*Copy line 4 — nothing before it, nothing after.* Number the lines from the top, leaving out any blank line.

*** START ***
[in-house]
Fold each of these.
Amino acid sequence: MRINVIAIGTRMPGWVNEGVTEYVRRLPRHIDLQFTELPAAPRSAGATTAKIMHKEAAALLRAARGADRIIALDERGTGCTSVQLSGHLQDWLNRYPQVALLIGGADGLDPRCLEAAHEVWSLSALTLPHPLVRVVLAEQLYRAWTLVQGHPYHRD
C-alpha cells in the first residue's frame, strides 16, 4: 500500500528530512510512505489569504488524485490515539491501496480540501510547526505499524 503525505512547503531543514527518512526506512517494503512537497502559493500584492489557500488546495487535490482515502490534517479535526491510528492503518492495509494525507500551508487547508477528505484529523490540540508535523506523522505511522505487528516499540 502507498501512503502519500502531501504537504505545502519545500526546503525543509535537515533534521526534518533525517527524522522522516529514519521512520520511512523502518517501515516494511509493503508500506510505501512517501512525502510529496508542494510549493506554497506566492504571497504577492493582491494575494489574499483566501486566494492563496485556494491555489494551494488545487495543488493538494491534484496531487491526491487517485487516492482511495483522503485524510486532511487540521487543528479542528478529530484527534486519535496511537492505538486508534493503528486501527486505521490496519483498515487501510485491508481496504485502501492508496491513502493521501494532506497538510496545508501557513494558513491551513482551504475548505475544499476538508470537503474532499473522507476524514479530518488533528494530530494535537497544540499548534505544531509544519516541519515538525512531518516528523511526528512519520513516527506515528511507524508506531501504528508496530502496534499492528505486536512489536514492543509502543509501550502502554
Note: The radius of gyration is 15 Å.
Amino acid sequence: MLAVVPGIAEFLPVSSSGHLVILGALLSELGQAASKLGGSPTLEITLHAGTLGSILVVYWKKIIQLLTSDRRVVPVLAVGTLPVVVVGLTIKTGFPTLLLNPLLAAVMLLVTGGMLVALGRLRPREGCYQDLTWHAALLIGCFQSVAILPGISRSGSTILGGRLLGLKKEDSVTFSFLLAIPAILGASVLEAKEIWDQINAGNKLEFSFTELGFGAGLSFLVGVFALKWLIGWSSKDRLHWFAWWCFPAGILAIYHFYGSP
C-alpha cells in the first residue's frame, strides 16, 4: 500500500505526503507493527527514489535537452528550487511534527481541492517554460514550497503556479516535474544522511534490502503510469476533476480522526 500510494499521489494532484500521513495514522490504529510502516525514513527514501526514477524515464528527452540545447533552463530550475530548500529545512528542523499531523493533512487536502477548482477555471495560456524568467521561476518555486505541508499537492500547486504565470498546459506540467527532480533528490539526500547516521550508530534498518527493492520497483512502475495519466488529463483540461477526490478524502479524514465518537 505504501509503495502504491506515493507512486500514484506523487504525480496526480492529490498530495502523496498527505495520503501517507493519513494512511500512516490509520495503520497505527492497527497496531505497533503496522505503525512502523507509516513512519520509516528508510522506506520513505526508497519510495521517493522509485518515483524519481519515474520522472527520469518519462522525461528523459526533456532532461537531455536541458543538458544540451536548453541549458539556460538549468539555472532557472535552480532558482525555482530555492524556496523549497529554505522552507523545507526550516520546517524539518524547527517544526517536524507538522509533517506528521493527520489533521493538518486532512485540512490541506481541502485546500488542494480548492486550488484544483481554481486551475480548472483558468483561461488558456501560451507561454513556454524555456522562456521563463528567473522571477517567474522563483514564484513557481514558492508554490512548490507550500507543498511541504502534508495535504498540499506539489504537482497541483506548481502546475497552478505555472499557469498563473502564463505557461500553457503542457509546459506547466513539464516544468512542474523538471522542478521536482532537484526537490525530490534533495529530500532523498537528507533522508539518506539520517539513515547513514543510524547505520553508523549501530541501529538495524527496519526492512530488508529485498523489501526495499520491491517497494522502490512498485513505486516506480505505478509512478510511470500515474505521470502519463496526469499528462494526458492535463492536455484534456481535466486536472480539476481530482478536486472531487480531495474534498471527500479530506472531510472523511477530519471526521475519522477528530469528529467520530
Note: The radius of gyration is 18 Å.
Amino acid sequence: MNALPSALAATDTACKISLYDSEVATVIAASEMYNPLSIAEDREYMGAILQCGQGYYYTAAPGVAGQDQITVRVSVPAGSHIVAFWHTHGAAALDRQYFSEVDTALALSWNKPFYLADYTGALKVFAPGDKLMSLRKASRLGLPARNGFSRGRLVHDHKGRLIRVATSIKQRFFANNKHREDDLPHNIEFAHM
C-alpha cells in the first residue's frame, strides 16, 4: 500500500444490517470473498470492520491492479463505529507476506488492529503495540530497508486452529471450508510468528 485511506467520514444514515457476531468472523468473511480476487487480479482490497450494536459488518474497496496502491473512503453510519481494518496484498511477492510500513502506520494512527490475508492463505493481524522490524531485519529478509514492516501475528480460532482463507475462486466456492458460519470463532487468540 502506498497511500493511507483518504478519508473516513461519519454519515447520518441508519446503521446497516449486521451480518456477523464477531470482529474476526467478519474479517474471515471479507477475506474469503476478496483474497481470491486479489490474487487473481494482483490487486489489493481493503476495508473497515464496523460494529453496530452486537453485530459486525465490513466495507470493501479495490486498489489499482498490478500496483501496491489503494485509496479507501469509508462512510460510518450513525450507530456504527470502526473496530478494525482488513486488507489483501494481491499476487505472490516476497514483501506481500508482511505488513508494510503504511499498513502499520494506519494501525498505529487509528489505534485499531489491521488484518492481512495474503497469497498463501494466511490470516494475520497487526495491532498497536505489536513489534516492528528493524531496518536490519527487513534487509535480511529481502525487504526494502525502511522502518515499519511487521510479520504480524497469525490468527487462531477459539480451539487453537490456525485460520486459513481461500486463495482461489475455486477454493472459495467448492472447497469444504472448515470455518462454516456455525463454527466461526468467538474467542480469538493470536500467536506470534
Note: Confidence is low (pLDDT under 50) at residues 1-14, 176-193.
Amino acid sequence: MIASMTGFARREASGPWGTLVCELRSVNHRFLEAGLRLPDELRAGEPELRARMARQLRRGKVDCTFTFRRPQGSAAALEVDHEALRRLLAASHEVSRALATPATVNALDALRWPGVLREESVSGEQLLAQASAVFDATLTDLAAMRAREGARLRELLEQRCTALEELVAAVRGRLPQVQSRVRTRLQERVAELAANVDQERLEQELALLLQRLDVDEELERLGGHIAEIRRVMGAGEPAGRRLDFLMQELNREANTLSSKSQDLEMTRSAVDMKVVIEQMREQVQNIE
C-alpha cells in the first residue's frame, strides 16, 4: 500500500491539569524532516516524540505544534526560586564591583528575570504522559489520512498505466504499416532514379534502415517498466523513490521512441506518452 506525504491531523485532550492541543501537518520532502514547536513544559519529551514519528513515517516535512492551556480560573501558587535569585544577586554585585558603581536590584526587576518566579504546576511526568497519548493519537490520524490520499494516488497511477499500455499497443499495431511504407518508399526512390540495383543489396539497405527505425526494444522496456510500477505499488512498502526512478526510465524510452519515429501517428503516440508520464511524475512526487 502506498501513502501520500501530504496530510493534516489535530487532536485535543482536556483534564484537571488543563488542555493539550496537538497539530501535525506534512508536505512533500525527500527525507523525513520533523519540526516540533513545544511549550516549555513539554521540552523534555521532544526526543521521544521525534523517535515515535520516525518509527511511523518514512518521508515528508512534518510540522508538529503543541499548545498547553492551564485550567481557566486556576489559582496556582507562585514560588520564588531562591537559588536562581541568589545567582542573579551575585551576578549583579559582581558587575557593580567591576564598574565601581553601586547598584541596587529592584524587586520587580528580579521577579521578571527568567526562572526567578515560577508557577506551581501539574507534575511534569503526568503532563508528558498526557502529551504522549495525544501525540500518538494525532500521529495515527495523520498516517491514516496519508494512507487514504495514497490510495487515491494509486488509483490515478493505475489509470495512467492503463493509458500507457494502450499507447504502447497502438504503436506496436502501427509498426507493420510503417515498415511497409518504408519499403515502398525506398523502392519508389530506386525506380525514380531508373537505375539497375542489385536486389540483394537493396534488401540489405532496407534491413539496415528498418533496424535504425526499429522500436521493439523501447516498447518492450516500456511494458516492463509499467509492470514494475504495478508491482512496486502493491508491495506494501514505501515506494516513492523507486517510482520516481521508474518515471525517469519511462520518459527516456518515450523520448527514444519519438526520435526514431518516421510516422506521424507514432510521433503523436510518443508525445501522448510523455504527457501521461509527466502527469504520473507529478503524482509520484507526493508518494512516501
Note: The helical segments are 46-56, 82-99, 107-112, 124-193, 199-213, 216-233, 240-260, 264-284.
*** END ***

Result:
C-alpha cells in the first residue's frame, strides 16, 4: 500500500528530512510512505489569504488524485490515539491501496480540501510547526505499524 503525505512547503531543514527518512526506512517494503512537497502559493500584492489557500488546495487535490482515502490534517479535526491510528492503518492495509494525507500551508487547508477528505484529523490540540508535523506523522505511522505487528516499540 502507498501512503502519500502531501504537504505545502519545500526546503525543509535537515533534521526534518533525517527524522522522516529514519521512520520511512523502518517501515516494511509493503508500506510505501512517501512525502510529496508542494510549493506554497506566492504571497504577492493582491494575494489574499483566501486566494492563496485556494491555489494551494488545487495543488493538494491534484496531487491526491487517485487516492482511495483522503485524510486532511487540521487543528479542528478529530484527534486519535496511537492505538486508534493503528486501527486505521490496519483498515487501510485491508481496504485502501492508496491513502493521501494532506497538510496545508501557513494558513491551513482551504475548505475544499476538508470537503474532499473522507476524514479530518488533528494530530494535537497544540499548534505544531509544519516541519515538525512531518516528523511526528512519520513516527506515528511507524508506531501504528508496530502496534499492528505486536512489536514492543509502543509501550502502554